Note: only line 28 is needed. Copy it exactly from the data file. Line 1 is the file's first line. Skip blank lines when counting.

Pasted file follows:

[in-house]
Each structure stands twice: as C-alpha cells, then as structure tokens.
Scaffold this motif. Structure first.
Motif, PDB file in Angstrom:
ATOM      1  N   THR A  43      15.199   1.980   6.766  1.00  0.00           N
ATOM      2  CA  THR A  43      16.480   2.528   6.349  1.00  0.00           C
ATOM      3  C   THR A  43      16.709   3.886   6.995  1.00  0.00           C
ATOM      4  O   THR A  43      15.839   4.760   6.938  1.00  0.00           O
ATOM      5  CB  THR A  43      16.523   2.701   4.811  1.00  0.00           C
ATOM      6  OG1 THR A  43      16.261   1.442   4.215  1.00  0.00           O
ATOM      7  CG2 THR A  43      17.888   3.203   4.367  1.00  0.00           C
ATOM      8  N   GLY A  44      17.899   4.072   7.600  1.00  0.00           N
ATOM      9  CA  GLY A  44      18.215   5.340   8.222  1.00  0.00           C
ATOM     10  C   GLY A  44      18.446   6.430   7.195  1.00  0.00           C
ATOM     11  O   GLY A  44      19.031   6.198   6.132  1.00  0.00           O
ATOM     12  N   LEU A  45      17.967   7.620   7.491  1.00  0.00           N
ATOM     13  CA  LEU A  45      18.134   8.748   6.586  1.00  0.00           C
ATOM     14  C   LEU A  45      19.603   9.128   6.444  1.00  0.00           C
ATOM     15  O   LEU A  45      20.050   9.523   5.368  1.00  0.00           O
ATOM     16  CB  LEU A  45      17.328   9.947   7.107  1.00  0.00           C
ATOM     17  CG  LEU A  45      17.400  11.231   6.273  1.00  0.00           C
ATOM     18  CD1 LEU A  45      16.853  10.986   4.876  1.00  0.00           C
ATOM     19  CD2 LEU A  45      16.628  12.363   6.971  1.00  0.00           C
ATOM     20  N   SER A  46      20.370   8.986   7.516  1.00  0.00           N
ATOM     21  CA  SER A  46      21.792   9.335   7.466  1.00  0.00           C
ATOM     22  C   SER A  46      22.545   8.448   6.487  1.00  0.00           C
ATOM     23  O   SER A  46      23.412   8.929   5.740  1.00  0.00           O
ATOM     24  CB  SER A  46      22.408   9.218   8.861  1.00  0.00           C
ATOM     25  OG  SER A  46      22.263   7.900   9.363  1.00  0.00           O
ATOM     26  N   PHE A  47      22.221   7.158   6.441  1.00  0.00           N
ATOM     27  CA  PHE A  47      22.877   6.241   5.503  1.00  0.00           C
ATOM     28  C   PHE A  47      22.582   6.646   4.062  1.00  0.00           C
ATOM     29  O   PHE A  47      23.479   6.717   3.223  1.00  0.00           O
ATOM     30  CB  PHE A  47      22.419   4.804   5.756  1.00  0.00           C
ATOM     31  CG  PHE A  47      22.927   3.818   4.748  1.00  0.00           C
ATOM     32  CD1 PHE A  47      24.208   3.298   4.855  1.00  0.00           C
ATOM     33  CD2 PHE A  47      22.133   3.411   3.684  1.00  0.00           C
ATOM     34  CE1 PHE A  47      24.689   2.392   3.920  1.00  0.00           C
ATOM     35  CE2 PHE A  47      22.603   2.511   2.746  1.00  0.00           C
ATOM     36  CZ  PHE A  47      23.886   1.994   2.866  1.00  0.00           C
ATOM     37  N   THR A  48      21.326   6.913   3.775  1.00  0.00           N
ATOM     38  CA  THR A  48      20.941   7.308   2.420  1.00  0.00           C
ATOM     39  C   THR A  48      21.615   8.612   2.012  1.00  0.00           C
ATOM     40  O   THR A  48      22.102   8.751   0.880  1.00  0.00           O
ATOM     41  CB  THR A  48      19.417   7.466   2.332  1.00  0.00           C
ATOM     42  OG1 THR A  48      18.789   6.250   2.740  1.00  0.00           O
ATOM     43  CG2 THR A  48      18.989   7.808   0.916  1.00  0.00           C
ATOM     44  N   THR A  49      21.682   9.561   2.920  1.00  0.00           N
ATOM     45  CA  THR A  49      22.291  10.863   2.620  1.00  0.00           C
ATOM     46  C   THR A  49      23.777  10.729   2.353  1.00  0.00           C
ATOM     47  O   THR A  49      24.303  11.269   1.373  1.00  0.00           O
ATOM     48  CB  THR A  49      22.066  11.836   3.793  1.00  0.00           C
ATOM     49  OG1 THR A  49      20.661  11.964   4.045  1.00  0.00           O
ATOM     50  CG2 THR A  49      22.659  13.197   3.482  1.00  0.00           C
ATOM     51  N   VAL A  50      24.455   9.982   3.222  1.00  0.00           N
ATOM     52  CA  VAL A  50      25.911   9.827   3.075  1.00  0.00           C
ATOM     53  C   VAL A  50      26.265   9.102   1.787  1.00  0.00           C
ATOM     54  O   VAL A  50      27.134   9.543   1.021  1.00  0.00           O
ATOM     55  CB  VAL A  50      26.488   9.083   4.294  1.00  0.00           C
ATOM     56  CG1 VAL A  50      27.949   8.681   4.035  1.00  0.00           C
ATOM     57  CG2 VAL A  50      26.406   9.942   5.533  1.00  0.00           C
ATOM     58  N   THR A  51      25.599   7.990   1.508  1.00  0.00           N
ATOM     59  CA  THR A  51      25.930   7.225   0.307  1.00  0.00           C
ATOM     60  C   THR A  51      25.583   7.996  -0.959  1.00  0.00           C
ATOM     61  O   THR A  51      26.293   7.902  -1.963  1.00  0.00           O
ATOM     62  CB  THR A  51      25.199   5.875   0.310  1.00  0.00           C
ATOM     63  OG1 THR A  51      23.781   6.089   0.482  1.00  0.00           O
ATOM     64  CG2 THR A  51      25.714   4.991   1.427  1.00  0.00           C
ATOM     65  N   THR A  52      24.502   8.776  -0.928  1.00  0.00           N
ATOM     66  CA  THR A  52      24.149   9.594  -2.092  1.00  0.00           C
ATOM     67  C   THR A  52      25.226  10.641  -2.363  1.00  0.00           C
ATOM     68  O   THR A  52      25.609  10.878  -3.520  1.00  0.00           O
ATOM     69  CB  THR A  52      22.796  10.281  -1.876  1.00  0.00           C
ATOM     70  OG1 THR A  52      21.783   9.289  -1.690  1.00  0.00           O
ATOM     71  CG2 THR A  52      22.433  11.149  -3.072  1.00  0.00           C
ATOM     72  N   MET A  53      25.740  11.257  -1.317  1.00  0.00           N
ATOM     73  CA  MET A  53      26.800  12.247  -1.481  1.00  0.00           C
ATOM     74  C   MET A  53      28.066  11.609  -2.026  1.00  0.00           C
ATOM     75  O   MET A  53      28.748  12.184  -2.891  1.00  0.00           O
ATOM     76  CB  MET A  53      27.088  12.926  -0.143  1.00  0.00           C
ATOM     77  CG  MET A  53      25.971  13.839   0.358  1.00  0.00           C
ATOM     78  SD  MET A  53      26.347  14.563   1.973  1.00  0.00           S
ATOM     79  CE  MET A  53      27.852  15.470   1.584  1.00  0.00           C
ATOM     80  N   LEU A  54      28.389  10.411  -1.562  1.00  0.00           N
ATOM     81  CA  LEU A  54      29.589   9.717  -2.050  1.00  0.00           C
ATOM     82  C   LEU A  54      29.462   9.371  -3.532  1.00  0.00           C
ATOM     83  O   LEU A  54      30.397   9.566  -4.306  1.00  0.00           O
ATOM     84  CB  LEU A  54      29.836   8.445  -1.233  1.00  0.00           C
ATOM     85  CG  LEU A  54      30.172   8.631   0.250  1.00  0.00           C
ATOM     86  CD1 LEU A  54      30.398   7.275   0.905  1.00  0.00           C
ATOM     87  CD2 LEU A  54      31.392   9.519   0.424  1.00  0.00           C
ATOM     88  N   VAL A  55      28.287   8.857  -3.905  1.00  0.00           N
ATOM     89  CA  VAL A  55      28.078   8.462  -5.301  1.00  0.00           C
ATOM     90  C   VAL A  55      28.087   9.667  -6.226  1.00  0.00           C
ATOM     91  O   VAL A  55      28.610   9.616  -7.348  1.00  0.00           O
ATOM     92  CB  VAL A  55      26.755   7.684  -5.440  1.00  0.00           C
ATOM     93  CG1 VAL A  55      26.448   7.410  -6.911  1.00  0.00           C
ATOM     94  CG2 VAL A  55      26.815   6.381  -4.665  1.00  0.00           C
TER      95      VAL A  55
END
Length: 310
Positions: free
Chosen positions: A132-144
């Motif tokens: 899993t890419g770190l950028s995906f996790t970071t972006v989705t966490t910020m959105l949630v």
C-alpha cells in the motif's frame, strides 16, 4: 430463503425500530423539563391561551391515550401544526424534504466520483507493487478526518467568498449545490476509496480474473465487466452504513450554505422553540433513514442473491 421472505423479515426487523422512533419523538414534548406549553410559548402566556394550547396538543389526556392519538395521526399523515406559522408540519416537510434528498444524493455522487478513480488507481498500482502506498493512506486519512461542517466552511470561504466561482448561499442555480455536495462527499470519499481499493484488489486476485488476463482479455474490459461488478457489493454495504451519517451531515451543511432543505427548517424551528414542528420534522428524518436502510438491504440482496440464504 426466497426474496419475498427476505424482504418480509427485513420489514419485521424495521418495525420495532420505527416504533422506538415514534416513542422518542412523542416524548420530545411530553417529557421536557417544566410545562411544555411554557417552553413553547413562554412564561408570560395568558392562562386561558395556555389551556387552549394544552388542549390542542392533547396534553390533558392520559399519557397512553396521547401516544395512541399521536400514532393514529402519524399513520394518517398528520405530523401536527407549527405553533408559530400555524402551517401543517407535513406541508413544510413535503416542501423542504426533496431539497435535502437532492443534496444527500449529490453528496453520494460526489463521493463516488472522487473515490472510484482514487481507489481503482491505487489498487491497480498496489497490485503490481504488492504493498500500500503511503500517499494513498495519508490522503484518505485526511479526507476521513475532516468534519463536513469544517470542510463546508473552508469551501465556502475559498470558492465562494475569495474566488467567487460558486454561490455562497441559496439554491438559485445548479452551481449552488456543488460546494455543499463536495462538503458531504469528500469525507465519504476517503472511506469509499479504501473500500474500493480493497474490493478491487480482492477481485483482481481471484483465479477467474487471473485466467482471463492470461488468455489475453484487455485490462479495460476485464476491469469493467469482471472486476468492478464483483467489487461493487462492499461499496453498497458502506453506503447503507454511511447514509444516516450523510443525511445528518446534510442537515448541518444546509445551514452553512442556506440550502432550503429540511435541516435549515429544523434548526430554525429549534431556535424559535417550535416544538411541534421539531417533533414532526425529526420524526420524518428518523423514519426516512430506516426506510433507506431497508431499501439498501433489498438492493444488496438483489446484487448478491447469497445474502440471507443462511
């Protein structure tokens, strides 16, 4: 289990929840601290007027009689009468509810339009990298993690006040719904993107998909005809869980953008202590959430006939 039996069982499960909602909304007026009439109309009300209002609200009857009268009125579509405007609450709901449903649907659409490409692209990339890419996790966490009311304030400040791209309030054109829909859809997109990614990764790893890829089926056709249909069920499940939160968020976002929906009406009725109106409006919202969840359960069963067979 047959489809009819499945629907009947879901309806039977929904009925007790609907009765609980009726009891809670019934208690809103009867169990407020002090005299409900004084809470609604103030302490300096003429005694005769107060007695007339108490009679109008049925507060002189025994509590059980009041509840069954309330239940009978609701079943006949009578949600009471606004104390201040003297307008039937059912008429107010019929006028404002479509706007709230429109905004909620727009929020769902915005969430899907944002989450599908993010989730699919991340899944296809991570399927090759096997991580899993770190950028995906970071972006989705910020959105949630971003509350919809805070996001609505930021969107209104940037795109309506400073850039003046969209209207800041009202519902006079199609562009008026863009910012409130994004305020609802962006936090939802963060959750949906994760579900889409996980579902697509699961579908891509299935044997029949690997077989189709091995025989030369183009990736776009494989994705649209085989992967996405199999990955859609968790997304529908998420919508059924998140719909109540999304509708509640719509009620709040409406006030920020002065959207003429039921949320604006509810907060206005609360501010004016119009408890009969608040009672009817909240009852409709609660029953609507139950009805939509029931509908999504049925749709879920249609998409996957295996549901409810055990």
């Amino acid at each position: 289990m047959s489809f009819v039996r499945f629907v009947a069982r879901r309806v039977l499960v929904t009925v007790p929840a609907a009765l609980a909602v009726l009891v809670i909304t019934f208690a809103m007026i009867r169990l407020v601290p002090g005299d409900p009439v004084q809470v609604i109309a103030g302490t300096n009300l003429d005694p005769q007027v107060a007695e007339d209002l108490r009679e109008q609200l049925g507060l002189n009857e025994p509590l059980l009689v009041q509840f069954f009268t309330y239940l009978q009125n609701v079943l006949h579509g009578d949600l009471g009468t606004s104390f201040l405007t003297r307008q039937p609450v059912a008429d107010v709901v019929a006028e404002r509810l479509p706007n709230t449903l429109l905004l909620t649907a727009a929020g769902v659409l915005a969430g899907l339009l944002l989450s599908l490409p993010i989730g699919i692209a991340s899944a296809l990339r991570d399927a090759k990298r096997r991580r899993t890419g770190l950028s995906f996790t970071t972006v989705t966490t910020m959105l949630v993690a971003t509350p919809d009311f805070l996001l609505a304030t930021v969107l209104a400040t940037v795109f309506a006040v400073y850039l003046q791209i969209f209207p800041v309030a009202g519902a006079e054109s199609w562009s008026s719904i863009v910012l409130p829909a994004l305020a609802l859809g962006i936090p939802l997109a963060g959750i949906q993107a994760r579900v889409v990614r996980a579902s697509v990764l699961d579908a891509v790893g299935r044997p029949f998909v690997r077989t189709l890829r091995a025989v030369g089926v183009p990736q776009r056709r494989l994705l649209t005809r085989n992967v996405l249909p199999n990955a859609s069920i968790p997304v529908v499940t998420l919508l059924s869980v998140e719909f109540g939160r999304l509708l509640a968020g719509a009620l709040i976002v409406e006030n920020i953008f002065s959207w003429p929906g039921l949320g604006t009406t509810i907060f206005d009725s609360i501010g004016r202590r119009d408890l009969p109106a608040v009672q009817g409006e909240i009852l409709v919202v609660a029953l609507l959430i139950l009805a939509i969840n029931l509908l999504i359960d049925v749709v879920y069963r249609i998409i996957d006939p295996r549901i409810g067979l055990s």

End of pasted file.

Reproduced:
ATOM     24  CB  SER A  46      22.408   9.218   8.861  1.00  0.00           C